The main opposition group in Edinburgh is to make the introduction of a “tourist tax” to raise money for the Capital’s festivals one of the main strands of its manifesto for next year’s local elections.
The Labour group in the City Chambers has announced plans to call for the measure as part of attempts to overcome pressures on public funding from major events and festivals.
It was set to announce the proposal today as it formally unveiled its new “Moving Edinburgh Forward” policy document, which it will now put out to public consultation before finalising its manifesto for the May council elections.
Other key proposals include increasing the amount of goods and services that the city council buys from local suppliers, giving local sports clubs a role in managing the pitches and pavilions they use and campaigning for a public inquiry into the city’s tram project.
The “tourist tax” idea has angered representatives of the hotel sector, who say politicians need to be careful that they don’t tax businesses twice or more. Unlike a “bed tax” proposed by the current Lib Dem/SNP administration, it could be extended to other parts of the hospitality sector and even to festival tickets.
Councillor Andrew Burns, leader of the Labour group in the city council, said: “The commitment is to look at it further and to seek views on it. There is clearly some degree of all-party support for it now that was not there previously.”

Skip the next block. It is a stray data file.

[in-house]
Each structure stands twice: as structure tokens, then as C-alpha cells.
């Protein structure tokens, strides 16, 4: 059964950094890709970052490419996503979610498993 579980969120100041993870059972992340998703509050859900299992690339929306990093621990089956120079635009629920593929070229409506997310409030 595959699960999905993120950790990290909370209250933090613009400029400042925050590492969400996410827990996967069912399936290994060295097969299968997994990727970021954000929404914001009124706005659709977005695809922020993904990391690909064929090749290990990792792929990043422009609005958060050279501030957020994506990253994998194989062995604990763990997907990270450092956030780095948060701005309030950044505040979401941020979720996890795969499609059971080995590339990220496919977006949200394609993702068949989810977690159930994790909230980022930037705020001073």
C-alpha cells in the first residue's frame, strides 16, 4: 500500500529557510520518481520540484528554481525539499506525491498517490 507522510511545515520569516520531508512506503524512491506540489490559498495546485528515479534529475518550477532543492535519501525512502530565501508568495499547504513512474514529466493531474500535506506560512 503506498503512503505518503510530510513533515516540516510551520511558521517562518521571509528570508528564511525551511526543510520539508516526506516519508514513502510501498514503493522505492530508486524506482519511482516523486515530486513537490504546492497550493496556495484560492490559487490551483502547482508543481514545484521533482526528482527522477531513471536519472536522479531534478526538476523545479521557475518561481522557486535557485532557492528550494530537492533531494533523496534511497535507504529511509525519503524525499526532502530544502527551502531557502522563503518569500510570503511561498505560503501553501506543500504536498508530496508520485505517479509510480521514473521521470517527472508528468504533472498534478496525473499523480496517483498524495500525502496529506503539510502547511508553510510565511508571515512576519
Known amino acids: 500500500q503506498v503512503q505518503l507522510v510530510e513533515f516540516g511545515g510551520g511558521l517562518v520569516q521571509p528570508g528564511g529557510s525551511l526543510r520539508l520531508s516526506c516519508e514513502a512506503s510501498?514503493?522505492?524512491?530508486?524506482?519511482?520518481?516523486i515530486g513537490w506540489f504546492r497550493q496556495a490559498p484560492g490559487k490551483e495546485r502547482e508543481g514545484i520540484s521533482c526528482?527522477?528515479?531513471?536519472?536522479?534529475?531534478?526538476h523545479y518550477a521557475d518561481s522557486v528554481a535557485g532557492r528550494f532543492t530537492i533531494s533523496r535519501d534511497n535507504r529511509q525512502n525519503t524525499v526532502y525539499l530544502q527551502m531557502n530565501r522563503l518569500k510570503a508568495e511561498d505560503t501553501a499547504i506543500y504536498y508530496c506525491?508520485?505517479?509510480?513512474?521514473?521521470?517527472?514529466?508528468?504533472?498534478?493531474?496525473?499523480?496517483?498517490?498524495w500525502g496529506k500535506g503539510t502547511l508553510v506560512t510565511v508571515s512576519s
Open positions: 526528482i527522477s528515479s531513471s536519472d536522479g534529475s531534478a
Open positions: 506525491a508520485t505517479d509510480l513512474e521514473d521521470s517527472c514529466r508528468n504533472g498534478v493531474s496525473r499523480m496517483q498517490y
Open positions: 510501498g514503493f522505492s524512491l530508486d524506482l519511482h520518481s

Members of the hotel sector have opposed a “bed tax”, which would see an additional £1 charge on the price of a hotel room.
Colin Paton, chairman of the Edinburgh Hotels Association, said: “Whoever is doing this work [must] remember that there is a property tax that for hotels is profit-driven, an income tax and, for hotels that are owned by corporations, there is corporation tax. I am sure the Labour group would not want to be anti-business by taxing businesses twice.”
Labour’s plan to formally consult on its “Moving Edinburgh Forward” ideas is thought to be the first time an Edinburgh political group has done so ahead of publishing a manifesto.
Cllr Burns said: “For far too long, councils have done things to communities, rather than for communities or with communities.”